- apt-get install wget ca-certificates -y
  - wget --quiet -O - https://www.postgresql.org/media/keys/ACCC4CF8.asc | apt-key add -
  - sh -c 'echo "deb http://apt.postgresql.org/pub/repos/apt/ `lsb_release -cs`-pgdg main" >> /etc/apt/sources.list.d/pgdg.list'
  - apt-get update
  - apt-get install postgresql postgresql-contrib -y

Invoke a Lambda Function

If you want to invoke a Lambda function as a part of your build process.

  - >
    aws lambda invoke
    --function-name my-function
    --payload '{"name":"Bob"}'
  - cat results.txt

This works because the AWS CLI is available and configured with the IAM credentials of the stage.

Note that, we are not using the serverless invoke command here. This is because there is a known issue with Serverless Framework; the command hangs in CI environments.

Reference CloudFormation output

If you want to use a CloudFormation output from a different stack use the following.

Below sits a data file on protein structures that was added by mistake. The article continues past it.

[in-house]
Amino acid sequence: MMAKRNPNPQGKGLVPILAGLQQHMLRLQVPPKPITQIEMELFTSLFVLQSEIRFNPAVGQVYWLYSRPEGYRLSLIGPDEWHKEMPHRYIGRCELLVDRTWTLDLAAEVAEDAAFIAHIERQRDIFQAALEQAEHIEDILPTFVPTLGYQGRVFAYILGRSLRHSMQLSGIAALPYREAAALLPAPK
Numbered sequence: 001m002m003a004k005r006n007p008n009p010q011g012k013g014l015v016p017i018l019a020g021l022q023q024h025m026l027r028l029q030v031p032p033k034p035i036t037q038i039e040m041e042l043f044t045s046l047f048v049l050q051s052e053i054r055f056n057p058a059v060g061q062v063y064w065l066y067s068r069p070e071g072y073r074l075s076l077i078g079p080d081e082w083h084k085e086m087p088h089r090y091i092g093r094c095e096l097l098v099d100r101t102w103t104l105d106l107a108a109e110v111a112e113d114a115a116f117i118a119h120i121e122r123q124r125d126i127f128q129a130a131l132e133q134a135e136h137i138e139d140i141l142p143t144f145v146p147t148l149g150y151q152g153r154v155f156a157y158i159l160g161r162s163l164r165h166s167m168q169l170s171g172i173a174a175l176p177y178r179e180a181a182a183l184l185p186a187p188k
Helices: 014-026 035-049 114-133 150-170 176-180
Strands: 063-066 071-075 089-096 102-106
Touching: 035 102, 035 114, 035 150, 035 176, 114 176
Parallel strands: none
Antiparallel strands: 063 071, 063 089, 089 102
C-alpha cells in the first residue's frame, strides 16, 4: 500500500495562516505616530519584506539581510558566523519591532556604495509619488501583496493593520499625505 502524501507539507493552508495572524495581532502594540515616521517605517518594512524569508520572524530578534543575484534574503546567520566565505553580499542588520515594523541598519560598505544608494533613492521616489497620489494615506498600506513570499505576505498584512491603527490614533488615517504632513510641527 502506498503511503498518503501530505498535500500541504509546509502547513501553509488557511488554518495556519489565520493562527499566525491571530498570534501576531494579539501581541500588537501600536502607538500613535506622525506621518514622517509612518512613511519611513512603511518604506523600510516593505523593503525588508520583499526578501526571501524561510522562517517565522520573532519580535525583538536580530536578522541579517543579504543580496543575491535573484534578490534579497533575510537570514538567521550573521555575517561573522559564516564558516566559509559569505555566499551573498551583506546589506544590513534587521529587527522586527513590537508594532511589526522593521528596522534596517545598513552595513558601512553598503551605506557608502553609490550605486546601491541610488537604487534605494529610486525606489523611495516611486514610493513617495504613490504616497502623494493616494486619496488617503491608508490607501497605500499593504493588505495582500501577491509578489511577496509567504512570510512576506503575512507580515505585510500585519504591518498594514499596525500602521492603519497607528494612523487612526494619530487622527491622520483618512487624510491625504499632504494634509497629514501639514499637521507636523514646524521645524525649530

- echo "export MY_KEY=$(aws cloudformation describe-stacks --stack-name my-stack --query 'Stacks[0].Outputs[?OutputKey==`MY_KEY`].OutputValue | [0]' --output text)" >> $BASH_ENV
  - echo $MY_KEY

This’ll use the AWS CLI to get the information of my-stack; parse the output for the value of OutputKey MY_KEY; and then export the value as the $MY_KEY environment variable. Then you’ll be able to reference this value in your serverless.yml as ${env:MY_KEY}.

If you are trying to get the outputs for a stack that’s in a different region than the currently deployed stage, use the --region option in the AWS CLI.

Running Docker commands

You’ll need to enable Docker to use it in your build spec. Head over to our chapter on running Docker commands on how to do this.